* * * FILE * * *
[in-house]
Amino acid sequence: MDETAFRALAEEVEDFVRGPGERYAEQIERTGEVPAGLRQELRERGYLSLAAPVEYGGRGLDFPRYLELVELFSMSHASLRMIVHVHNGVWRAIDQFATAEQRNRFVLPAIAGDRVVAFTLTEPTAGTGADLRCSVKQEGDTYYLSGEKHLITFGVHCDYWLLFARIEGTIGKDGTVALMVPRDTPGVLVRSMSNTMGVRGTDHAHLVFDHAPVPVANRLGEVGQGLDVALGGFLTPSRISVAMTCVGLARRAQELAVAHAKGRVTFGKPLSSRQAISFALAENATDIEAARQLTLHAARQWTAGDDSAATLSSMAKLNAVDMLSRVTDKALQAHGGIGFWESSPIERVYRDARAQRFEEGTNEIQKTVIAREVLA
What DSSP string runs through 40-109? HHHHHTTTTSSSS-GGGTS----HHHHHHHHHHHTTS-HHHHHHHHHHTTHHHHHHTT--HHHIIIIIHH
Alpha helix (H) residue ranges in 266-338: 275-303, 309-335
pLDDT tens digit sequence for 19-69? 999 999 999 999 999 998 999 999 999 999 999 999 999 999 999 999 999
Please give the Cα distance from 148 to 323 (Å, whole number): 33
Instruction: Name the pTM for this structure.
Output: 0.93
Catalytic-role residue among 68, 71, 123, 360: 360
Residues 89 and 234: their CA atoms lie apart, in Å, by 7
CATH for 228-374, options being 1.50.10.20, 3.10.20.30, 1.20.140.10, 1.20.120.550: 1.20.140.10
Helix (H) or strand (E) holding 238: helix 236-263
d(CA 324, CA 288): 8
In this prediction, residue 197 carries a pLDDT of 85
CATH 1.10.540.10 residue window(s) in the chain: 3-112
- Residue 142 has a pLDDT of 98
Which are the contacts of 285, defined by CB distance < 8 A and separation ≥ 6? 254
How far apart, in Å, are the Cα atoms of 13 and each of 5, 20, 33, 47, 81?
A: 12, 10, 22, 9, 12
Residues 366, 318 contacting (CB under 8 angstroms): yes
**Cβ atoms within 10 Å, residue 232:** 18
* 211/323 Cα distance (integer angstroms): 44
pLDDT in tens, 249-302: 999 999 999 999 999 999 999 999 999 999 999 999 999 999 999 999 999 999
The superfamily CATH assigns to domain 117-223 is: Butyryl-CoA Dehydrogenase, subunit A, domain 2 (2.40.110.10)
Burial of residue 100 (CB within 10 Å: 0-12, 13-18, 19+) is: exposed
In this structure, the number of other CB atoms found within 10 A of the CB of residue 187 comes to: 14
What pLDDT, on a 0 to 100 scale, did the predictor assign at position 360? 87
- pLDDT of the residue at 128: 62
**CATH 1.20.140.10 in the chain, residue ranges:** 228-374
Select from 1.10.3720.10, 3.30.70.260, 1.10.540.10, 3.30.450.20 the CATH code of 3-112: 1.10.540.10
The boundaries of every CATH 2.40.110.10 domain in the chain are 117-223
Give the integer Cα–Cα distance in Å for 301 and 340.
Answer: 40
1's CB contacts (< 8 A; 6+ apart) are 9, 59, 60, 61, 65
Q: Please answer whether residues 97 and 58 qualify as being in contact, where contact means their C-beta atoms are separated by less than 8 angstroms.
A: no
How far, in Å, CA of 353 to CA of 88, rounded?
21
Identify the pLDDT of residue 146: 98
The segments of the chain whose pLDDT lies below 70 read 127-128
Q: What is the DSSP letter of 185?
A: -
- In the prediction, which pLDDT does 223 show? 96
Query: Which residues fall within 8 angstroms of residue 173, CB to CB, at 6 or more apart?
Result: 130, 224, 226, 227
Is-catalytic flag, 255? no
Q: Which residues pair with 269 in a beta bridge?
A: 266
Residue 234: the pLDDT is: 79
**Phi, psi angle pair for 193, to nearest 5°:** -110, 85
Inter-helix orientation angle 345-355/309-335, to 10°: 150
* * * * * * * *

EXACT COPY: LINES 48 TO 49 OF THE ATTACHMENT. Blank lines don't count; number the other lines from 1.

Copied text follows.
A: 266
Residue 234: the pLDDT is: 79